The 21st century signalled a new lease of life for the electric car. As global warming and climate change increasingly crept onto the global agenda, major manufacturers began focusing their attention on alternative fuels.

The Toyota Prius, a hybrid vehicle, exploded onto the scene in the early 2000s. The vehicle’s immense popularity resulted in a national trend towards the adoption of more fuel-efficient technology.

Throughout the decade, hybrid cars became slicker and more widespread. Read Admiral’s Guide to Hybrid and Electric Cars.

Fast forward to today

The picture today is notably different, even compared to the situation in the early noughties.

One of the biggest players in the electric industry is now arguably Tesla, who began production after witnessing the decline of GM’s EV1. Their various models of electric car such as the Roadster, the Model X and Model S have been successes in their own right.

In a 2017 survey, the Model S was voted the world’s best-selling plug-in car for the second year in a row. The company are thought to have sold 257,000 units worldwide as of September 2017.

Due to various national and global efforts, governments are adopting legislation which requires manufacturers to solely produce fuel efficient vehicles in the near future. The UK has followed France in pledging to ban the sale of gas-powered vehicles by 2040, and London has introduced a toxicity charge for the majority of pre-2006 vehicles, making it the toughest emission standard of any world city.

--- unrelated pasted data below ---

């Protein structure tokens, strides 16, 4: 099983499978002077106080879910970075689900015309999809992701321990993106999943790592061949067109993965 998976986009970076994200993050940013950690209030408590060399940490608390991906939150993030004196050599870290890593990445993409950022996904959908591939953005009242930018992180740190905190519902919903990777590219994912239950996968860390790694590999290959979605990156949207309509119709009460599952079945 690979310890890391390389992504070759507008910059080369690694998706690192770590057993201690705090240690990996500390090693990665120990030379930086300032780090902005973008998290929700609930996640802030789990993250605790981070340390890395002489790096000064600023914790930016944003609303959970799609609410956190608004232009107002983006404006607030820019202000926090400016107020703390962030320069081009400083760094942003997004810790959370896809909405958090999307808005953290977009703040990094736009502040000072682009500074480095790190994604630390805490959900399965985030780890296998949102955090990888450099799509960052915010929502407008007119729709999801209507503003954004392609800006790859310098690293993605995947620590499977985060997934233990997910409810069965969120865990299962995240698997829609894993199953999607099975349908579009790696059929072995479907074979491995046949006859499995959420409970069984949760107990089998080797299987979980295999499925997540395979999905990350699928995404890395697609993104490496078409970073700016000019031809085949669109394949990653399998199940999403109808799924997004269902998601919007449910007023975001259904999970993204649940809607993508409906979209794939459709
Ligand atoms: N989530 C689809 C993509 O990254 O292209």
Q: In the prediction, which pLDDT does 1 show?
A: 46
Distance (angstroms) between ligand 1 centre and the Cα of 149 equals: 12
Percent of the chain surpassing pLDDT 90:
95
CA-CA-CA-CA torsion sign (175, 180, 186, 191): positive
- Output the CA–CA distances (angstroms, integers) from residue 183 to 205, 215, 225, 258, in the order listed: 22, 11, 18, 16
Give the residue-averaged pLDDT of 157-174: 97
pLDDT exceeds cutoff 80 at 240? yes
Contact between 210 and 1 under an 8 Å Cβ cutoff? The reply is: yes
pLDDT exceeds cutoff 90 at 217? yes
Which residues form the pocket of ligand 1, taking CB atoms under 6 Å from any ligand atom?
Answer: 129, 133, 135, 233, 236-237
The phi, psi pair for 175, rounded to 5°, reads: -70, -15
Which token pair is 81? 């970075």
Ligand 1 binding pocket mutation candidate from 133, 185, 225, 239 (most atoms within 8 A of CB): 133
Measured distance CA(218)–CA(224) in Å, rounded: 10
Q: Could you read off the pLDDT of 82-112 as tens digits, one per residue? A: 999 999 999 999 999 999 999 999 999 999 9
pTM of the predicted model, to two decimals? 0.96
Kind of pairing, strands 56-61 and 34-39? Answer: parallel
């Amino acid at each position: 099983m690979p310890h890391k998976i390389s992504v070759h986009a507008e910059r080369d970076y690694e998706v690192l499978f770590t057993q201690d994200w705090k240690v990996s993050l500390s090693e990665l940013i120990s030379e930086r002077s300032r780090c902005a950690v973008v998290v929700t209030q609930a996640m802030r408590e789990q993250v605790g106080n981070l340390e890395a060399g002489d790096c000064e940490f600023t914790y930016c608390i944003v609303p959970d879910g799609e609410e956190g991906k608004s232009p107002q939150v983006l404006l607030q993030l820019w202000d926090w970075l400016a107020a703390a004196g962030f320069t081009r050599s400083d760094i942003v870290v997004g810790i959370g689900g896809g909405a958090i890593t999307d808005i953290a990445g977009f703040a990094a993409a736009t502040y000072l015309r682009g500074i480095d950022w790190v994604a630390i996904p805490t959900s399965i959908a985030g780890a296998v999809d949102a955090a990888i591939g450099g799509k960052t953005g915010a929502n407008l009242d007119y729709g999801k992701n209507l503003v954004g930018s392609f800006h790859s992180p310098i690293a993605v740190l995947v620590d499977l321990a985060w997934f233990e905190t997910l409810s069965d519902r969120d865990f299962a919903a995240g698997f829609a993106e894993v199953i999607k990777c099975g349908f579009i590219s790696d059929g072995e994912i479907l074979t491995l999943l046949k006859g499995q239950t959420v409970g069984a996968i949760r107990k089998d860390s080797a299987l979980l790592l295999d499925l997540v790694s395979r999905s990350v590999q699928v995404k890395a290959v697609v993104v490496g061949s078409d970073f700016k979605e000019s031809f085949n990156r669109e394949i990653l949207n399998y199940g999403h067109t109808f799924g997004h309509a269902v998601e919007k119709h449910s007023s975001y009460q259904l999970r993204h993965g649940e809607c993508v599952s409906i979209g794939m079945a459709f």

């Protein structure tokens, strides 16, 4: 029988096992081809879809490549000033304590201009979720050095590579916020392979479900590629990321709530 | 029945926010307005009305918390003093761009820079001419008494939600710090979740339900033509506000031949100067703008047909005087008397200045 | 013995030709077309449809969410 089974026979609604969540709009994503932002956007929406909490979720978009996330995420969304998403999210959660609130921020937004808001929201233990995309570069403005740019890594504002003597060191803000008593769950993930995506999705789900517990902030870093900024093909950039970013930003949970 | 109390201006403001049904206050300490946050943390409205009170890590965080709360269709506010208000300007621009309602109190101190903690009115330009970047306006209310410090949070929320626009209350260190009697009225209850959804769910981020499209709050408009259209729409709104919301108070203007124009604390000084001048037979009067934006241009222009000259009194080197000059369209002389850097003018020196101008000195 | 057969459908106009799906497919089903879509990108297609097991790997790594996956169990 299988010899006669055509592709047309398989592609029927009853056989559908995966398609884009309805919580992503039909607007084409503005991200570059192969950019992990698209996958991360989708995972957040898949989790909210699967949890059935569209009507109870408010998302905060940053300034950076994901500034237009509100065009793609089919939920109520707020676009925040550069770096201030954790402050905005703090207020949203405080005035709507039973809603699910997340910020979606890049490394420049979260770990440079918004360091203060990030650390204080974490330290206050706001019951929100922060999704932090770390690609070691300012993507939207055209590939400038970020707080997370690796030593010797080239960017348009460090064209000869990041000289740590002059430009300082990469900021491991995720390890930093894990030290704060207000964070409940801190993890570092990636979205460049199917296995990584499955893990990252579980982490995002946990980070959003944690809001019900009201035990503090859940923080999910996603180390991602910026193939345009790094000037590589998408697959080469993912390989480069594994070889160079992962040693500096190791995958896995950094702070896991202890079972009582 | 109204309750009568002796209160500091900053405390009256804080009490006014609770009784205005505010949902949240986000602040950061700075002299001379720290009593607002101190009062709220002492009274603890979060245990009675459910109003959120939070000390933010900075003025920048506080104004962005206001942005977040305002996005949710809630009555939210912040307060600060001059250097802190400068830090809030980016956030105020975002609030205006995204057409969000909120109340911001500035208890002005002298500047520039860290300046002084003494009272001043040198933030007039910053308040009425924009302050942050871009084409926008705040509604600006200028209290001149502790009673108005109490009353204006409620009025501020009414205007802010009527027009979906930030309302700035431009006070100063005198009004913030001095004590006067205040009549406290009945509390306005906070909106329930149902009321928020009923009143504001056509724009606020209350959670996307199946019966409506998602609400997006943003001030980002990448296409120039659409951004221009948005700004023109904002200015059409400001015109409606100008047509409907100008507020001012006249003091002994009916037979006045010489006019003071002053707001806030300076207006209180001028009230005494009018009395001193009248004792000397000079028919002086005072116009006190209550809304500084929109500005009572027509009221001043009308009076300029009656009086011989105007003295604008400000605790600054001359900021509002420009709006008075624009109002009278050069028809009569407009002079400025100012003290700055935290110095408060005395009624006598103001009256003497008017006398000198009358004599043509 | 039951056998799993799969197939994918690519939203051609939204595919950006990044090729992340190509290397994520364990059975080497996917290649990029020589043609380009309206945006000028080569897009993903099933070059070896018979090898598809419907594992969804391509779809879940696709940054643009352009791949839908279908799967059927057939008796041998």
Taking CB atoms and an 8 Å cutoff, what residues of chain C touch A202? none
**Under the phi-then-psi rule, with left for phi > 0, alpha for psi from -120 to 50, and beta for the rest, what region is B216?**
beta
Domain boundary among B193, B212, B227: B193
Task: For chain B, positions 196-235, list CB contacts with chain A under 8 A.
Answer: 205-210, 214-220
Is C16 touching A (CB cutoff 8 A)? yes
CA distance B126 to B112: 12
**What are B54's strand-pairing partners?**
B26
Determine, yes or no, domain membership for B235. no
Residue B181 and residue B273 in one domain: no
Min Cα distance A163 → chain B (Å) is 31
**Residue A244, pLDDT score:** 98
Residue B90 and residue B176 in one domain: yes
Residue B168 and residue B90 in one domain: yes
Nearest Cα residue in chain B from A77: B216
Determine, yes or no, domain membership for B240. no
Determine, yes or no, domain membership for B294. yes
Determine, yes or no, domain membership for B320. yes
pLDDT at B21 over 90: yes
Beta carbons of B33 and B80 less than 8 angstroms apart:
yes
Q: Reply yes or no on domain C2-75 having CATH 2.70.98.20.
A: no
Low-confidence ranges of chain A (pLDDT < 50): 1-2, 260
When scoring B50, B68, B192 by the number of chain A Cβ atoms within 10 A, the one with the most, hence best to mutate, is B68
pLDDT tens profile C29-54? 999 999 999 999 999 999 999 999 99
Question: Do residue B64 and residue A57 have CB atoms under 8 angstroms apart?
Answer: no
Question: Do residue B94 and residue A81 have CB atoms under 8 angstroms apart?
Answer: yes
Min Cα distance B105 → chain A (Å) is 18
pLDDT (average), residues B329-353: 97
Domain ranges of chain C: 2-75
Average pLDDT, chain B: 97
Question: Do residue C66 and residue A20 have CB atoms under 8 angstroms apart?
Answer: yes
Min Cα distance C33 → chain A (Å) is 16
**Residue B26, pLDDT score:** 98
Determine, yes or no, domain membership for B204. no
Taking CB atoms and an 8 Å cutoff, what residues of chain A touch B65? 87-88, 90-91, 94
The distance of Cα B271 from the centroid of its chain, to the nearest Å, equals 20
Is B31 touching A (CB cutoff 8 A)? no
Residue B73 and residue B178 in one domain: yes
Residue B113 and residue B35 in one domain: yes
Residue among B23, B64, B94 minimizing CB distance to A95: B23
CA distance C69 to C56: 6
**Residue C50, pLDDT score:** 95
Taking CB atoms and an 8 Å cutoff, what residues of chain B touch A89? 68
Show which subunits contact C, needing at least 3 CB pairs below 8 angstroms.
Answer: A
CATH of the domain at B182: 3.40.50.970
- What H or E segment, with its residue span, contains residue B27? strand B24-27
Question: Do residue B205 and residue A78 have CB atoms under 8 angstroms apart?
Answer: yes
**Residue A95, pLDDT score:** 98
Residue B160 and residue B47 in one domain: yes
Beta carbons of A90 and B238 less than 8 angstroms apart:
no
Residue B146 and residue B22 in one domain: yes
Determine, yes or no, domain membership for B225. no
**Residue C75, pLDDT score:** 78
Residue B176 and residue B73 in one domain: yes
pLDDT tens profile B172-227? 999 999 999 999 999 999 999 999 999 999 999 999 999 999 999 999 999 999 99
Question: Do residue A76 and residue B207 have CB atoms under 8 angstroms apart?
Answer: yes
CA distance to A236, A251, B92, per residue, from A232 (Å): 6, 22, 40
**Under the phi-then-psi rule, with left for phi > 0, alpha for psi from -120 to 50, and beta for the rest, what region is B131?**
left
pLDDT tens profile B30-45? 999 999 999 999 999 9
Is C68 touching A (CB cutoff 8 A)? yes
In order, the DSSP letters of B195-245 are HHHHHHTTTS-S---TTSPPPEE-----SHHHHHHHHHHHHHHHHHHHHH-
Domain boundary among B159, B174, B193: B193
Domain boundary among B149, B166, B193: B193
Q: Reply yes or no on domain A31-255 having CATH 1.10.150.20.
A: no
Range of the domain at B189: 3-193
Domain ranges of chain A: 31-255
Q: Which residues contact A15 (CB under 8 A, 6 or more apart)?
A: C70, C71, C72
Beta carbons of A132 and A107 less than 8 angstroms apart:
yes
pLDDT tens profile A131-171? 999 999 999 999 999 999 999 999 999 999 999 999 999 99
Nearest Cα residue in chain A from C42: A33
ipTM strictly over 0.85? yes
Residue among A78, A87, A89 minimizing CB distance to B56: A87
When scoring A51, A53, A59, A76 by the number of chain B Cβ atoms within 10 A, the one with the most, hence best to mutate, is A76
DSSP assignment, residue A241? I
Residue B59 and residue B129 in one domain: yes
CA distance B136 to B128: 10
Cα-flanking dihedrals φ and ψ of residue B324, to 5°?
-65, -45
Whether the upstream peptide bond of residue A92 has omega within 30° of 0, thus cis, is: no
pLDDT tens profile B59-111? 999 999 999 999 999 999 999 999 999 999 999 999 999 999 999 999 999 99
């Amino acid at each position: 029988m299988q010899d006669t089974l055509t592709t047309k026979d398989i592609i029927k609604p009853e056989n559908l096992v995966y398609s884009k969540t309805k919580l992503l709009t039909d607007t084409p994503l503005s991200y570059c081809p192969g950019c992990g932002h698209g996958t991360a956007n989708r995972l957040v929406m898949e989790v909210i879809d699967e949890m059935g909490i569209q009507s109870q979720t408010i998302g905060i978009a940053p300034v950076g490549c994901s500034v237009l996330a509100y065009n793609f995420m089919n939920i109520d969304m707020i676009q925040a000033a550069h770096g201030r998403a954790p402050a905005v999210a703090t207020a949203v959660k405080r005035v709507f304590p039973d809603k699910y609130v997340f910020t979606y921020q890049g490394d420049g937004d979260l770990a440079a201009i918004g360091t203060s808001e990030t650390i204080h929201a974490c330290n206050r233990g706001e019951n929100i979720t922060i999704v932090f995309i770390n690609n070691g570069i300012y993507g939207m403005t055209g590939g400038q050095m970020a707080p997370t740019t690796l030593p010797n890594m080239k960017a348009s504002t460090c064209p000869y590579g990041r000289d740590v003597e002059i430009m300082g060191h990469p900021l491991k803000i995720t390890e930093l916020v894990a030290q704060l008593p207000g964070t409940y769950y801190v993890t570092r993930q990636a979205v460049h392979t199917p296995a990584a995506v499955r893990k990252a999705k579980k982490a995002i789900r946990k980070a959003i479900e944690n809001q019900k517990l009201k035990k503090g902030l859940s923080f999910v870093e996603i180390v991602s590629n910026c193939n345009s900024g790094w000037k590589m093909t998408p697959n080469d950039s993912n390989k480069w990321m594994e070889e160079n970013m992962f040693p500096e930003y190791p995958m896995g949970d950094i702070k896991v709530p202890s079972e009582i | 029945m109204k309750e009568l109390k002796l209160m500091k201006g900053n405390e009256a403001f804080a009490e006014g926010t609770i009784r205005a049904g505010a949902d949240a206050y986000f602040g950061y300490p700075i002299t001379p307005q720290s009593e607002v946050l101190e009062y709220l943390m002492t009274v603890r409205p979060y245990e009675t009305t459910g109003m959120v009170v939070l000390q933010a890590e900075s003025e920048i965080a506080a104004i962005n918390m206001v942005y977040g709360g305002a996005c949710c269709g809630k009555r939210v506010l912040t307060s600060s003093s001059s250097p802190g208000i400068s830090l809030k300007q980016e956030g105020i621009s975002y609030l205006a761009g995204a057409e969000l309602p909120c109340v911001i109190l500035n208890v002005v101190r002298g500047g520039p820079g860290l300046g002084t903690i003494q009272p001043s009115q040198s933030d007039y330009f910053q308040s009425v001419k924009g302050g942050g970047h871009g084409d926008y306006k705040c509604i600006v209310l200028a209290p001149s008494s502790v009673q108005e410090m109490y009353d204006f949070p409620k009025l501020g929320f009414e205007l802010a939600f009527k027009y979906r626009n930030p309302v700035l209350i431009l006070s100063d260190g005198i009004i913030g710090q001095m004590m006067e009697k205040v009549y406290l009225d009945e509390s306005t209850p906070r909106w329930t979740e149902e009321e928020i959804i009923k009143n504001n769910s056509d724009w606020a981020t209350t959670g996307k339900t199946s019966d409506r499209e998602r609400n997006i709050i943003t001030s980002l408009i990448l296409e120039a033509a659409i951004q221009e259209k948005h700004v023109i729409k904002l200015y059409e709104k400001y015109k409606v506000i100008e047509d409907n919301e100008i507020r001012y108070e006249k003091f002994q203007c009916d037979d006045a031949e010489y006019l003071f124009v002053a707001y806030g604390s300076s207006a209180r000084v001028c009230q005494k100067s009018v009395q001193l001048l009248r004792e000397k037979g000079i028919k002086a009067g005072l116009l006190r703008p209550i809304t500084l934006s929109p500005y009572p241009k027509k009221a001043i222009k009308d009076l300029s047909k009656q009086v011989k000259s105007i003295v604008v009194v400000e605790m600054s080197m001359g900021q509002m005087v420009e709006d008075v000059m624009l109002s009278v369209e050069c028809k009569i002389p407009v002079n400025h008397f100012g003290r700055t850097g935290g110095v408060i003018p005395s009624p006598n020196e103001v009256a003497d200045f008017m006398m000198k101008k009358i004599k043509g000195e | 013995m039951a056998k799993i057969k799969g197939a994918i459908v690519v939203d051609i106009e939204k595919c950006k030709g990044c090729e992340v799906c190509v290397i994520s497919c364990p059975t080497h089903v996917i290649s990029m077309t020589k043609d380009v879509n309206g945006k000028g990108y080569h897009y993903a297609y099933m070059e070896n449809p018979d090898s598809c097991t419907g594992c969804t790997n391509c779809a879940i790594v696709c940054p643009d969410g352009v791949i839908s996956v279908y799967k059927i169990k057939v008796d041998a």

All new car models being developed for sale in the UK will also need to prove their air quality credentials by passing a brand new Real Driving Emissions (RDE) test.

Mike Hawes, SMMT Chief Executive, explained that the new tests will “inspire greater confidence [in consumers] that the new cars they buy are not only the cleanest, but the most fuel efficient ever produced.”

When considered alongside the news that UK motorists are buying 38% more electric cars than last year, the trend towards fuel efficiency does seem to be gaining speed.

What’s next?

The introduction of more electric cars could mean great things for the UK, with the IMI reporting that 320,000 jobs could be created and £51bn could be injected into the economy.

However, there is reported to be a lack of skilled workers in the country qualified to work with electric and hybrid technologies - a matter they say must be addressed.

Steve Nash, IMI CEO, commented: “We have seen growth of more than 20% in alternatively fuelled vehicles, with Tesla announcing orders of £7bn in only two days for their new model. It’s vital we take the appropriate steps now if we want to ensure that the UK has the skilled workforce it needs across the whole industry to support and service these vehicles.”

Innovations are happening all over the industry, as Porsche have revealed they may have a fully electric vehicle for sale in the next 10 years. In October 2017 James Dyson announced a £2.5bn investment into the manufacture of a “radically different” electric car, which will go on sale in 2020. It would seem that the future is bright for a technology which, despite having many declines and peaks throughout the years, is steeped in history.